Survey shows BYU faculty feel sense of academic freedom



    A recent survey reveals BYU faculty believe they have greater freedom to teach their subject matter at BYU than anywhere else.

    The survey “Spirituality and Education,” which was administered in February to BYU faculty, found 87.9 percent of professors polled said they had more teaching freedom at BYU than anywhere else.

    “I came from another university where, over six years, I tried a variety of approaches. At BYU I feel liberated to a degree I could not imagine possible at my former university — to both my teaching and my research,” one professor wrote on the survey.

    Keith J. Wilson, assistant professor of ancient scripture and the survey’s administrator, said the survey proves that BYU professors have the freedom to teach what they want to teach.

    The survey continued to examine the faculty environment at BYU by asking professors if they felt the current approach to academic freedoms and religious devotions was right.

    The survey, which will be published Nov. 29 in BYU Studies magazine, said 74.6 percent of professors polled believed the balance between academic freedom and religious devotion was about right. The survey said 20.7 percent of professors thought the university leaned toward religious devotion, and 4.7 percent believed academic freedom was more heavily stressed.

    The results of the survey reinforced the concept of loyalty to the Latter-day Saint concept of truth, Wilson said.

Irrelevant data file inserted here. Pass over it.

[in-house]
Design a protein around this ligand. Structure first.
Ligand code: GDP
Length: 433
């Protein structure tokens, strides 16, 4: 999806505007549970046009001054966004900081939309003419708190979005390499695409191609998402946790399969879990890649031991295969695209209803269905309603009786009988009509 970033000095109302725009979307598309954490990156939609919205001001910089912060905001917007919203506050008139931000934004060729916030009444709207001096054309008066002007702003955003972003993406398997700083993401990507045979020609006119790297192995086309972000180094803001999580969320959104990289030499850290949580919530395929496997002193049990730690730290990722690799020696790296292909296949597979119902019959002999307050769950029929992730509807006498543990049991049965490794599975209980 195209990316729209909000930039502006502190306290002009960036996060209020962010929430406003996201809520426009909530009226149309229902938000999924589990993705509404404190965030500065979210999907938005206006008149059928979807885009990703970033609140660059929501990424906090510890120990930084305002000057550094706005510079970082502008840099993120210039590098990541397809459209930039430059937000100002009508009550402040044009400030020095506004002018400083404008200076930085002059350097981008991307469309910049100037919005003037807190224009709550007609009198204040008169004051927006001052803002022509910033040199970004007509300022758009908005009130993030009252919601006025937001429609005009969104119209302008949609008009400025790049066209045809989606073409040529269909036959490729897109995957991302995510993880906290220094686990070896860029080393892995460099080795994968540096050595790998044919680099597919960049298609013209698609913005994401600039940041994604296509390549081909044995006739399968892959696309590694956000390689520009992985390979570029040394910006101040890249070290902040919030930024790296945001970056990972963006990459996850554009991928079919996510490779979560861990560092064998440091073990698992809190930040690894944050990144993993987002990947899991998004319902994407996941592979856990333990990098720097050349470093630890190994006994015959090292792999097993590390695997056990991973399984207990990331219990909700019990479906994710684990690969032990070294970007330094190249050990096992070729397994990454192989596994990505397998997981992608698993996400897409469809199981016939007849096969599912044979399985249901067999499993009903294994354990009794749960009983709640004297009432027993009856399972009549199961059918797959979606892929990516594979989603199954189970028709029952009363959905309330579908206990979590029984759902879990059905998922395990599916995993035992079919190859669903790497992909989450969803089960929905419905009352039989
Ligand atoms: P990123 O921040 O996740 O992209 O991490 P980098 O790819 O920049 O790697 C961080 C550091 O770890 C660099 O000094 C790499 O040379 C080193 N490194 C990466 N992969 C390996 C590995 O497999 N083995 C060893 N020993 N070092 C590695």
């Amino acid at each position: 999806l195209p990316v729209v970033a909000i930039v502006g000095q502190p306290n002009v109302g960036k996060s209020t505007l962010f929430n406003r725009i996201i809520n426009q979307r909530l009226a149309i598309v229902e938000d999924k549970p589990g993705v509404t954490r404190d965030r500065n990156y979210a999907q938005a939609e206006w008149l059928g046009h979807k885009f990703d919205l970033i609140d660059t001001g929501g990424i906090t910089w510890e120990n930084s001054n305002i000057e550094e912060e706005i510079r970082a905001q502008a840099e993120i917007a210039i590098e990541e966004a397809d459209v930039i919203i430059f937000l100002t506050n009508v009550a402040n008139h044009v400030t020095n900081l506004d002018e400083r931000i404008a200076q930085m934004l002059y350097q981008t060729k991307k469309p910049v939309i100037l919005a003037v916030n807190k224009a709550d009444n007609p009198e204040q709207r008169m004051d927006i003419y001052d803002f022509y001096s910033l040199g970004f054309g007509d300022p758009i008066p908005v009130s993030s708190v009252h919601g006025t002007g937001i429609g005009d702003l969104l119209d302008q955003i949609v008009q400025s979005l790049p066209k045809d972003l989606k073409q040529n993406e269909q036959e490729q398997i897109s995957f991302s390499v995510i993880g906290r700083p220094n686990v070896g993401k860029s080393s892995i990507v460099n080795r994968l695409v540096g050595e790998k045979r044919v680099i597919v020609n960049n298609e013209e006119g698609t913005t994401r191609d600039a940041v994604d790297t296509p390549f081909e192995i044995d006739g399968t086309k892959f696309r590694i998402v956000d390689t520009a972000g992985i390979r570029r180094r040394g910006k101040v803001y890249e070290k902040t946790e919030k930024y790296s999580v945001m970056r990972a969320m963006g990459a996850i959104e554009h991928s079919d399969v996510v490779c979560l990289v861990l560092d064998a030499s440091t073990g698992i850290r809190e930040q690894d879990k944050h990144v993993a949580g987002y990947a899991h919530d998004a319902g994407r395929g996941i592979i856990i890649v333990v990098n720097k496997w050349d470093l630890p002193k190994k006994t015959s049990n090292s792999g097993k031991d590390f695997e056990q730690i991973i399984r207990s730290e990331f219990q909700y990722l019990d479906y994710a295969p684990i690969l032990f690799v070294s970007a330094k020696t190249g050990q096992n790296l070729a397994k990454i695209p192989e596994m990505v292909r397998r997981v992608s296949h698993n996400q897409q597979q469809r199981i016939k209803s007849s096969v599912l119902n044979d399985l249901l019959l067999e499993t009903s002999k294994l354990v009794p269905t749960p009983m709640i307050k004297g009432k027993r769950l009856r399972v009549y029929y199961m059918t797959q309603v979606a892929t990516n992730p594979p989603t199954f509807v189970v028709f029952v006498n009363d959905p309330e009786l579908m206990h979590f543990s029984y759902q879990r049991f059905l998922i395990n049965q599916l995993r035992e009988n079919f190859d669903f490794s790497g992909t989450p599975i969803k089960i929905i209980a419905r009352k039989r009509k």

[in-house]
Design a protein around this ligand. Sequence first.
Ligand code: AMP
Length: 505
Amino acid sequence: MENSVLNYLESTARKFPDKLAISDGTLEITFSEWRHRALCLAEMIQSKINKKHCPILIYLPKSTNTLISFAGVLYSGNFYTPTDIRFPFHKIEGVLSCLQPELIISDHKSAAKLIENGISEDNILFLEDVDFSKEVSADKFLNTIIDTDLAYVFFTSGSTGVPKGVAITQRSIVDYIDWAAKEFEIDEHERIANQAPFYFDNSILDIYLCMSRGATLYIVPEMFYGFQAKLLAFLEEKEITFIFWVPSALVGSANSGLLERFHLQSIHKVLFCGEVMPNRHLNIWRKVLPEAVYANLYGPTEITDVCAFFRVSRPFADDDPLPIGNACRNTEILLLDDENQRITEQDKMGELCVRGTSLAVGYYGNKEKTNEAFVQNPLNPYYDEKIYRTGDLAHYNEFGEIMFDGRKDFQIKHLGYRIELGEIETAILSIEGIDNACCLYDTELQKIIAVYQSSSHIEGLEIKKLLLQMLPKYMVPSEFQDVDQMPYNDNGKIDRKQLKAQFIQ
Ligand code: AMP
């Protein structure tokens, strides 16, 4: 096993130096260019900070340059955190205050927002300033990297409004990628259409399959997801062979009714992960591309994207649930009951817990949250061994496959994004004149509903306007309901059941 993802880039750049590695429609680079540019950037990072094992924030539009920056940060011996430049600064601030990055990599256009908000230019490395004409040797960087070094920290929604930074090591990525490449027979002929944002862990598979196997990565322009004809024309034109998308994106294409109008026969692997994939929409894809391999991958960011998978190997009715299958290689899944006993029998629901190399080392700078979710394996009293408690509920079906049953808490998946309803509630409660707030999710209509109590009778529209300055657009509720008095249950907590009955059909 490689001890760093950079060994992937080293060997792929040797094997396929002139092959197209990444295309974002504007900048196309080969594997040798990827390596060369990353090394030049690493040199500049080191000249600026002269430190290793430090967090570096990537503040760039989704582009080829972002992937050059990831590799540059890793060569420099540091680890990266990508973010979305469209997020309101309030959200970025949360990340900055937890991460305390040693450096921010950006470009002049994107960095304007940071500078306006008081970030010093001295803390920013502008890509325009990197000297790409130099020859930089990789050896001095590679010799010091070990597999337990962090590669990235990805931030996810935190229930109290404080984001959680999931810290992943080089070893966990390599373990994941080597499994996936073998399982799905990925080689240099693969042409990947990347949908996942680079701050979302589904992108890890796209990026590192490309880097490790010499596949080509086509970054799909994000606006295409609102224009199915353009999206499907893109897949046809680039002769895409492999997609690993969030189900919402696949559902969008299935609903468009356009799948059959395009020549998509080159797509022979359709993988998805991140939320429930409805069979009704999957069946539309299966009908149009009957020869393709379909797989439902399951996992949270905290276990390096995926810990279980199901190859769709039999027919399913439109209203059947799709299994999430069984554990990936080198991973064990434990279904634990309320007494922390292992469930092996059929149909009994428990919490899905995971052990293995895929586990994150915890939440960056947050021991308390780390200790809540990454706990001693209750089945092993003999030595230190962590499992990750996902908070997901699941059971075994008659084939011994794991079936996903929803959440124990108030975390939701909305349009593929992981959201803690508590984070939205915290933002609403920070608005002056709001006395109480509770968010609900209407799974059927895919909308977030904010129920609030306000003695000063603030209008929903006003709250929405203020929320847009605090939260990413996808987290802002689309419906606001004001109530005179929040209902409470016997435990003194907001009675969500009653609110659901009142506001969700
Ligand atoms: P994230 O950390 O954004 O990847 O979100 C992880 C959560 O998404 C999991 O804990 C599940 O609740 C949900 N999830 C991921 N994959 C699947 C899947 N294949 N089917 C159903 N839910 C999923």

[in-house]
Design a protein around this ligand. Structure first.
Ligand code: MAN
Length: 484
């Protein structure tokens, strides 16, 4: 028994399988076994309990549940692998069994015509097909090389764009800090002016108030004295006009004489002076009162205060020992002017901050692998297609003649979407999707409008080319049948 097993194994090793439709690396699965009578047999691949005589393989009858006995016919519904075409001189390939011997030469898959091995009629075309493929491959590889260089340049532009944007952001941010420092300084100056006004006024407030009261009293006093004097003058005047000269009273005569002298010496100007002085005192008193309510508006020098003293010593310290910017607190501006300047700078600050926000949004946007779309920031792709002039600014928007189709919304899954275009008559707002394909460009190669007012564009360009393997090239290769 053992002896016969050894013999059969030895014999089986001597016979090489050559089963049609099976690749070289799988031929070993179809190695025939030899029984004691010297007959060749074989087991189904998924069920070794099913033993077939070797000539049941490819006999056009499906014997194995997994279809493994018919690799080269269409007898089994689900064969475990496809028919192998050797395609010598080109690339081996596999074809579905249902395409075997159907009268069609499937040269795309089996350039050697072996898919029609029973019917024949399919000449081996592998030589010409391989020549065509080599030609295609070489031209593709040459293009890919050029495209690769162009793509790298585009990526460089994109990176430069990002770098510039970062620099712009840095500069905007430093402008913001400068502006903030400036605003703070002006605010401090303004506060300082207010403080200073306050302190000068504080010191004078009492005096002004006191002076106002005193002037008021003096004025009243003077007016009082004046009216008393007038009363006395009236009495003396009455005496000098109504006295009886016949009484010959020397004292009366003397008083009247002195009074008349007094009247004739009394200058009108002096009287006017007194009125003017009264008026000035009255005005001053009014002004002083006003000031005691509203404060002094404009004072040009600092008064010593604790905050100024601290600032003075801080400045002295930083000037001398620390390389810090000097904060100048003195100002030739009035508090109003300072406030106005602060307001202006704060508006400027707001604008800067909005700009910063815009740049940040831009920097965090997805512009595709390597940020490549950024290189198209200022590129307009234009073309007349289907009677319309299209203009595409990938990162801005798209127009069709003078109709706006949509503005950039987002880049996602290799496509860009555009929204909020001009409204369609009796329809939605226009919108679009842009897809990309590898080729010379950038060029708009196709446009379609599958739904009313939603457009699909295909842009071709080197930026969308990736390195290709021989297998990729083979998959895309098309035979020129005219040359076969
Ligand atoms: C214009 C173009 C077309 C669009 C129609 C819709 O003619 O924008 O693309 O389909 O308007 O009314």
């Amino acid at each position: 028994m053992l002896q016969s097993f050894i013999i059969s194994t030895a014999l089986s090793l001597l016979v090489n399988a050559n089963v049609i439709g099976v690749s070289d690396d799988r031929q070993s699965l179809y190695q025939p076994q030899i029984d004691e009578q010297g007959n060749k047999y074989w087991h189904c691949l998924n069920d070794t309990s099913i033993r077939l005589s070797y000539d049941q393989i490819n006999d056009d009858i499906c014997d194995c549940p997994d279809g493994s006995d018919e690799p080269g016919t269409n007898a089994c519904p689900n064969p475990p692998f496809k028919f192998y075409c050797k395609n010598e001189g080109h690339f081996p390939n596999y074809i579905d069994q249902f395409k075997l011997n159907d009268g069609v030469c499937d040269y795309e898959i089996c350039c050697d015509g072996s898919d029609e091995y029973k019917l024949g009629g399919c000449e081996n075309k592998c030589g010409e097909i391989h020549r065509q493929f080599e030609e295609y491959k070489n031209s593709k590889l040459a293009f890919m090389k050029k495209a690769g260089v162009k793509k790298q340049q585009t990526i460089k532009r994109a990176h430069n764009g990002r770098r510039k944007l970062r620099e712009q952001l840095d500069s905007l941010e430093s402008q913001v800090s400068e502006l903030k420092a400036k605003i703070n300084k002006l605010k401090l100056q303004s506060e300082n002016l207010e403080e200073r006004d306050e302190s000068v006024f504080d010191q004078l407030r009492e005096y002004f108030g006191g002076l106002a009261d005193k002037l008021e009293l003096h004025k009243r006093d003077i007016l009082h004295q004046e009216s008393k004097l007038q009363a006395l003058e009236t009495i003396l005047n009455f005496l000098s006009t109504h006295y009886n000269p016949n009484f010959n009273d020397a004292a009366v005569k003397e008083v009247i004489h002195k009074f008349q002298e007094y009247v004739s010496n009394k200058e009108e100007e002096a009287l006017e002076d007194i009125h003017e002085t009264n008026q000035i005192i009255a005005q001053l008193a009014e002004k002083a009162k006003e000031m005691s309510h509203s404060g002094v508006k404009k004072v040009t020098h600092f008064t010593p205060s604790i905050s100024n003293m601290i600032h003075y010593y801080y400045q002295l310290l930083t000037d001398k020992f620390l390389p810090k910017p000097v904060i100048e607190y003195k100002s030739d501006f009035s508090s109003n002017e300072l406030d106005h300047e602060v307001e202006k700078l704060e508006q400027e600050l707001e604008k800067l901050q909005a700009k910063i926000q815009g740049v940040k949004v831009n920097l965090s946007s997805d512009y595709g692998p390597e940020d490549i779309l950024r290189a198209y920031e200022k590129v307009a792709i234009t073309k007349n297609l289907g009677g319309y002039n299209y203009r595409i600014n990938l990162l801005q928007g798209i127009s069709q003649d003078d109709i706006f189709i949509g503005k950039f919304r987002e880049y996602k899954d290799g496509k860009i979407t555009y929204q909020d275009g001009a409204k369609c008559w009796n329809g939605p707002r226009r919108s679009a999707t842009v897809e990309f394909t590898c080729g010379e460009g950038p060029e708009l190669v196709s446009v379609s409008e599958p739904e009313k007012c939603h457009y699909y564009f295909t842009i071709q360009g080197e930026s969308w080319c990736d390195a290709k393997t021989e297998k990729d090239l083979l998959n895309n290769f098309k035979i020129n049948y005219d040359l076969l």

“The faculty shows an incredible blend of using both the mind and the spirit to discover the truth,” Wilson said.

    He said BYU professors have a high loyalty to the prophets and to the doctrines of the restoration when conflicts arise.

    “We defer to our religious tendencies rather than to a secular norm,” Wilson said.

    He said the survey showed professors tended to refer to 2 Nephi 9:29: “But to be learned is good if they harken unto the counsels of God.”

    Thane Stallings, 22, a junior from Twin Falls, Idaho, majoring in advertising, and Wilson’s assistant in the survey, said the unity and loyalty of the professors found in the survey shows they feel free to express themselves.

    The survey conducted at BYU came after a report of the American Association of University Professors (AAUP) in the Spring of 1998 that claimed BYU’s faculty climate and academic freedoms were “distressingly poor.”

    The report came when a BYU faculty member’s application for tenure and promotion was declined. BYU said the faculty member’s actions and words were “harmful to tenets held by the church and university.”

    The report caused questions as to the interpretation of academic freedom at BYU.

    “The reason for confusion is they don’t see or understand the mission of BYU — they superimpose a secular model instead,” Wilson said.

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